## Abstract

Ensemble square root filters can either assimilate all observations that are available at a given time at once, or assimilate the observations in batches or one at a time. For large-scale models, the filters are typically applied with a localized analysis step. This study demonstrates that the interaction of serial observation processing and localization can destabilize the analysis process, and it examines under which conditions the instability becomes significant. The instability results from a repeated inconsistent update of the state error covariance matrix that is caused by the localization. The inconsistency is present in all ensemble Kalman filters, except for the classical ensemble Kalman filter with perturbed observations. With serial observation processing, its effect is small in cases when the assimilation changes the ensemble of model states only slightly. However, when the assimilation has a strong effect on the state estimates, the interaction of localization and serial observation processing can significantly deteriorate the filter performance. In realistic large-scale applications, when the assimilation changes the states only slightly and when the distribution of the observations is irregular and changing over time, the instability is likely not significant.

## 1. Introduction

Ensemble square root Kalman filters are an efficient deterministic variant of the original ensemble Kalman filter (EnKF; Evensen 1994; Burgers et al. 1998). Common members of this class of filters are the ensemble transform Kalman filter (ETKF; Bishop et al. 2001), the ensemble adjustment Kalman filter (EAKF; Anderson 2001, 2003), and the ensemble square root Kalman filter with serial processing of observations (EnSRF; Whitaker and Hamill 2002). Recently, also the singular “evolutive” interpolated Kalman (SEIK) filter (Pham et al. 1998a; Pham 2001) and the newly developed error-subspace transform Kalman filter (ESTKF; Nerger et al. 2012b) have been classified as ensemble square root filters (Nerger et al. 2012b). All ensemble square root Kalman filters express the analysis equation of the Kalman filter in a square root form combined with an explicit transformation of the state ensemble (see Tippett et al. 2003). Most filter methods are formulated to assimilate all observations synchronously. However, the EAKF and the EnSRF are typically described to assimilate single observations serially, which increases the efficiency of these filter formulations. Further, both algorithms are algorithmically identical in case of serial observation processing. For example, the DART assimilation system (Anderson et al. 2009) provides an EAKF with serial observation processing.

Localization of covariance matrices in ensemble-based Kalman filters is required for data assimilation into large-scale models, because the typical ensemble size is limited to the order of 10–100 states, which is much smaller than the degrees of freedom of the models. By damping long-distance covariances, localization stabilizes the analysis update of the filter and increases the rank of the forecast covariance matrix as well as the local number of degrees of freedom for the analysis. The localization is either applied to the forecast covariance matrix, here denoted covariance localization (CL; Houtekamer and Mitchell 1998, 2001), or to the observation error covariance matrix (Hunt et al. 2007), here denoted observation localization (OL). The relation of both localization methods was the focus of several recent studies (Sakov et al. 2010; Greybush et al. 2011; Janjić et al. 2011). Further, Nerger et al. (2012a) proposed a method, denoted regulated localization, to make the localizing effect of OL and CL comparable. The OL is typically applied in algorithms that do not explicitly compute the forecast error covariance matrix like the local ensemble transform Kalman filter (LETKF; Hunt et al. 2007), the SEIK filter, and the ESTKF. In contrast, the EAKF and the EnSRF compute elements of the forecast covariance matrix and apply CL. While the filters that apply OL assimilate all available observations at once, the EAKF and EnSRF methods that use CL perform a serial assimilation of single observations.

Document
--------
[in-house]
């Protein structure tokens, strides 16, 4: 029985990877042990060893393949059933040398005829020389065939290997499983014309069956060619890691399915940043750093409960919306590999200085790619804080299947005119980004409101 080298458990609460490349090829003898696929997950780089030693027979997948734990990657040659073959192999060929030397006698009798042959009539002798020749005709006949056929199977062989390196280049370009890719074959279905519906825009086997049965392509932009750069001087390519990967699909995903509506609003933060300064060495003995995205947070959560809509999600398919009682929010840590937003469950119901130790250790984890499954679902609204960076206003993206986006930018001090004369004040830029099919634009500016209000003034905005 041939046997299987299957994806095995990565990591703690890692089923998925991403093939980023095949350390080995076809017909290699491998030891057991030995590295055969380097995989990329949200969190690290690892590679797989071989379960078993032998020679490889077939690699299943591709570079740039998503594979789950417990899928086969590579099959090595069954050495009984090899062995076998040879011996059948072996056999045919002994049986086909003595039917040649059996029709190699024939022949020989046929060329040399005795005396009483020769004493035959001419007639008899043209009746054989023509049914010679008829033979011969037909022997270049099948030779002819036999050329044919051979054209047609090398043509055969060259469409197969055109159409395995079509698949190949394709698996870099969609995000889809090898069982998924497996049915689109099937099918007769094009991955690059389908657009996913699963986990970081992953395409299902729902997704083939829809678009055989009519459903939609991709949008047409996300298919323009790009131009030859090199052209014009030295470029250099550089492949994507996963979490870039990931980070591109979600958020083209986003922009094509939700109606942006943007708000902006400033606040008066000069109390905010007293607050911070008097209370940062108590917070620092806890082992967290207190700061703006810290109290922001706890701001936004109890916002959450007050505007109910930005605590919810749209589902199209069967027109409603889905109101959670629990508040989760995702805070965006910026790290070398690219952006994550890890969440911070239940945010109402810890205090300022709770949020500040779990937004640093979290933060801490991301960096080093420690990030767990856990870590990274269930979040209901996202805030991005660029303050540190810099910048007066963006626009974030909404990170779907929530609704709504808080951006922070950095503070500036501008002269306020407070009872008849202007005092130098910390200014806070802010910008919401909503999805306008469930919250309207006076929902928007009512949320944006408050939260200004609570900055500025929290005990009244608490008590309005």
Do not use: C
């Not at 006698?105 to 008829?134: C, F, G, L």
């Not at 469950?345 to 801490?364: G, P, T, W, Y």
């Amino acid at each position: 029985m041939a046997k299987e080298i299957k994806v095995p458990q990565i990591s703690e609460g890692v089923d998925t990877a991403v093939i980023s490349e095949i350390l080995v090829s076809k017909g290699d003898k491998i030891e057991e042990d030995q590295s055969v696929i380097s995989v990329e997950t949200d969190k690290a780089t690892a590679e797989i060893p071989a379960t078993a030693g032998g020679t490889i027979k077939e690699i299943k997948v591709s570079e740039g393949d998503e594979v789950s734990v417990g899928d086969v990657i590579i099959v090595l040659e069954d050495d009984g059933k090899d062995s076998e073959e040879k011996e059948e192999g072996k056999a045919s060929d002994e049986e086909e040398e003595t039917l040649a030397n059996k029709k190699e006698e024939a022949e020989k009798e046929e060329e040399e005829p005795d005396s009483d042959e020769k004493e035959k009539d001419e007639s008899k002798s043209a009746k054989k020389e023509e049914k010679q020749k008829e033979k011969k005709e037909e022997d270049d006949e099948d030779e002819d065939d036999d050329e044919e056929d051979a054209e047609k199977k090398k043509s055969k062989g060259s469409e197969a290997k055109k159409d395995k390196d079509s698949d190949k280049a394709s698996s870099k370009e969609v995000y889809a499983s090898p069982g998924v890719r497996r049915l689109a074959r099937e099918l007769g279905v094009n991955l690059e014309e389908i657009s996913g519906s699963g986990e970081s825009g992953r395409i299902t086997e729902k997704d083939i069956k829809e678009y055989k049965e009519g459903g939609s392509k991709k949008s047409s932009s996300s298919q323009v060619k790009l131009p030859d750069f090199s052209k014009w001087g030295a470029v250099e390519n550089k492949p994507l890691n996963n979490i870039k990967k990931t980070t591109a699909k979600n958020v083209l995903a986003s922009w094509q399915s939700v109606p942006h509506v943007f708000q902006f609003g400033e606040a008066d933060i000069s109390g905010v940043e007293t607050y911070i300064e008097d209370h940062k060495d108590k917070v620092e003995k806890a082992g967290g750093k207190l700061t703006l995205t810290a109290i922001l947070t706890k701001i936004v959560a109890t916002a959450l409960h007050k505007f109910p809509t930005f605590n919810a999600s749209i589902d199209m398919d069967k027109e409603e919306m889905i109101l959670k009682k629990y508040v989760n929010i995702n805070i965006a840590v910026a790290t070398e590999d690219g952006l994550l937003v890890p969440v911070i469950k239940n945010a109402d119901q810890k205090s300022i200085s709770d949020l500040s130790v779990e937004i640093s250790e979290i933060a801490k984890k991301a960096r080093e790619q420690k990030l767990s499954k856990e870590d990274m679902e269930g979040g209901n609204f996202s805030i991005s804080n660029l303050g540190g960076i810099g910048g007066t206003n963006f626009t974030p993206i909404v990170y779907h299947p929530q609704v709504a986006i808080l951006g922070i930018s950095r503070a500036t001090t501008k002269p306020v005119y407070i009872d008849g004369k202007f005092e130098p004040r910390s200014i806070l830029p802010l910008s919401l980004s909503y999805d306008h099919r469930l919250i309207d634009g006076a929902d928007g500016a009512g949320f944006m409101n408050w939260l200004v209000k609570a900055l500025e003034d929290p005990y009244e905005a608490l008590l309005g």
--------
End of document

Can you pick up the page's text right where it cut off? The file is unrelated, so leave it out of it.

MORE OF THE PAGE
This study examines the interaction between CL and serial processing of observations in detail and demonstrates that it can destabilize the analysis update. It is known in the community (e.g., C. Snyder 2014, personal communication) that the serial processing of observations can lead to the situation that the actual analysis result depends on the order in which the observations are assimilated. This dependence is caused by the fact that the update equation for the state error covariance matrix is not fulfilled when localization is applied. This was already noted by Whitaker and Hamill (2002), but there is yet no publication that studies the effect of the inconsistent update of the state error covariance matrix. Whitaker et al. (2008) used the observation ordering to develop a variant of the EnSRF in which the observations are assimilated in an order of decreasing impact to the assimilation. The motivation for this scheme was described to be that it allows for an adaptive observation thinning algorithm by omitting observations that insignificantly reduce the estimated state error variance. Whitaker et al. (2008) also compared the assimilation performance of the EnSRF with the LETKF when applied with a global atmospheric model and found only small differences. Similarly, Holland and Wang (2013) compared the LETKF with the EnSRF without particular observation ordering for the assimilation with a simplified atmospheric model. They found only small differences in the state estimates with slightly smaller errors in the LETKF estimates.